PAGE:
The Relations Among Affect-Related Personality Traits, Mood, Temptation and Academic Procrastination in Everyday Life

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Amali, Saif




The current research study made use of daily diaries and personality assessment to examine academic procrastination behaviour in the everyday lives of university students. Undergraduate students (n = 84) completed self-report measures on trait affect intensity, distress tolerance and emotion regulation difficulties before engaging in ten days of daily diaries. Multilevel regression analyses were used to examine whether within-person variations in the intensity of experienced negative moods and temptations predicted levels of self-reported procrastination behaviour, and whether these relations were moderated by individual differences in affect-related personality traits. As hypothesized, at the day-level of analysis, both the extent of negative affect and the strength of experienced temptations positively predicted levels of academic procrastination behaviour. Contrary to what was hypothesized, none of the affect-related personality traits directly or indirectly predicted procrastination behaviour, except for trait levels of emotion regulation difficulties which positively predicted average levels of daily procrastination behaviour.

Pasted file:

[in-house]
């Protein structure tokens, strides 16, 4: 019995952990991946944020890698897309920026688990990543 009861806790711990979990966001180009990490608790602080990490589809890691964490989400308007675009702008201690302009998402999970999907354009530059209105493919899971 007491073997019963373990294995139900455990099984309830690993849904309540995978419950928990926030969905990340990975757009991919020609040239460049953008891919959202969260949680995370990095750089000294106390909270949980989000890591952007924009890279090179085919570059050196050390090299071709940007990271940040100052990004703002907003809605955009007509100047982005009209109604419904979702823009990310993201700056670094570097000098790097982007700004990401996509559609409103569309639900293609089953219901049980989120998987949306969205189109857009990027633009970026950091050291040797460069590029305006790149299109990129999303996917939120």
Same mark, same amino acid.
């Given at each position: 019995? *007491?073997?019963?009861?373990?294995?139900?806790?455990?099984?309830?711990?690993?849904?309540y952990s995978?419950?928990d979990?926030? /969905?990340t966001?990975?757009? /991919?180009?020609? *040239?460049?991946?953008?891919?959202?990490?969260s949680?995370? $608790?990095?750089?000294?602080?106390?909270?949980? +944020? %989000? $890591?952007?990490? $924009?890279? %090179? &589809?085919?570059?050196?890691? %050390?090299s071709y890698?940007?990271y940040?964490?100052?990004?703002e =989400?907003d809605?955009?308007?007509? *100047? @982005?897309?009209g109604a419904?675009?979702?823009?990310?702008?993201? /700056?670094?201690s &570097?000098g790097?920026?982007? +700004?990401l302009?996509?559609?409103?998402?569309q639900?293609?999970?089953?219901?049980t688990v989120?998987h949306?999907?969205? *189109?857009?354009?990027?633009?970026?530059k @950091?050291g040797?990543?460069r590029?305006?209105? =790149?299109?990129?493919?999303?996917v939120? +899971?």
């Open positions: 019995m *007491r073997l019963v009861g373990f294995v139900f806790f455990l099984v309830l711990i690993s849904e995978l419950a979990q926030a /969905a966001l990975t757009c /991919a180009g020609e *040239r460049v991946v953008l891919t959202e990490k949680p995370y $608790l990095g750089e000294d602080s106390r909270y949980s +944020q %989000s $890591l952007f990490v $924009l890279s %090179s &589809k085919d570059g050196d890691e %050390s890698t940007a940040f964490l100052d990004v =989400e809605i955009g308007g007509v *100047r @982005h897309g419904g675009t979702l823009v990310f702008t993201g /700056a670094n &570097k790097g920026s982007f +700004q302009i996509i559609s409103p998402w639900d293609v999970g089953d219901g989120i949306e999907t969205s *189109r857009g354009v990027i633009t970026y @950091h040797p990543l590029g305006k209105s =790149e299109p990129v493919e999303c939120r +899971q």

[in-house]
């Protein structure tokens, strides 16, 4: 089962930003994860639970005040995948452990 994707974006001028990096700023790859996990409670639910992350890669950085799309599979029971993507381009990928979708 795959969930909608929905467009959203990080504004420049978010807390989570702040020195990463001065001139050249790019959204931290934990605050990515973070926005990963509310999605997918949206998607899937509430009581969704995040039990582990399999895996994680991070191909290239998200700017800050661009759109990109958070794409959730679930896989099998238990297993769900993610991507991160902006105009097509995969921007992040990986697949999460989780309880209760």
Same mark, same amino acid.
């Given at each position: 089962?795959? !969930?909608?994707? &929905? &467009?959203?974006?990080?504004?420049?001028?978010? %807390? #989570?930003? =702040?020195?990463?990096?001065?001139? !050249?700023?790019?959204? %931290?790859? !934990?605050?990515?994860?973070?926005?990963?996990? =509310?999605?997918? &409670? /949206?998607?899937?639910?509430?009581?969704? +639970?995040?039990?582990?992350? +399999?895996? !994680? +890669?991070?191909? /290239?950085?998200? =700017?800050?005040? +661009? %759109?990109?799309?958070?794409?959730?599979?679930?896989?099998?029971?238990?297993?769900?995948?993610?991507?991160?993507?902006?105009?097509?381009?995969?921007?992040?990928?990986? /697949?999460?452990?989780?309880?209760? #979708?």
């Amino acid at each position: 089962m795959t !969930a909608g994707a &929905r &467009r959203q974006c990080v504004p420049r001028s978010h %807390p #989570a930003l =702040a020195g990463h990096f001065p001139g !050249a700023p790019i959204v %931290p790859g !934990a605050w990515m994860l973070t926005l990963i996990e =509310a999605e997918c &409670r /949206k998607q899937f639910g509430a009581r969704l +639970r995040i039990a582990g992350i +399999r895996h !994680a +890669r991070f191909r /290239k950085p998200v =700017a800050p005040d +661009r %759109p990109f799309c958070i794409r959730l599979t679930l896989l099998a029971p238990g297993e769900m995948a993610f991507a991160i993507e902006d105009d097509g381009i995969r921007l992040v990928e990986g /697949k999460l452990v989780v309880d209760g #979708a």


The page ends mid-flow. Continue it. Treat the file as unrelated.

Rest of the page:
Psychology - Behavioral




Carleton University

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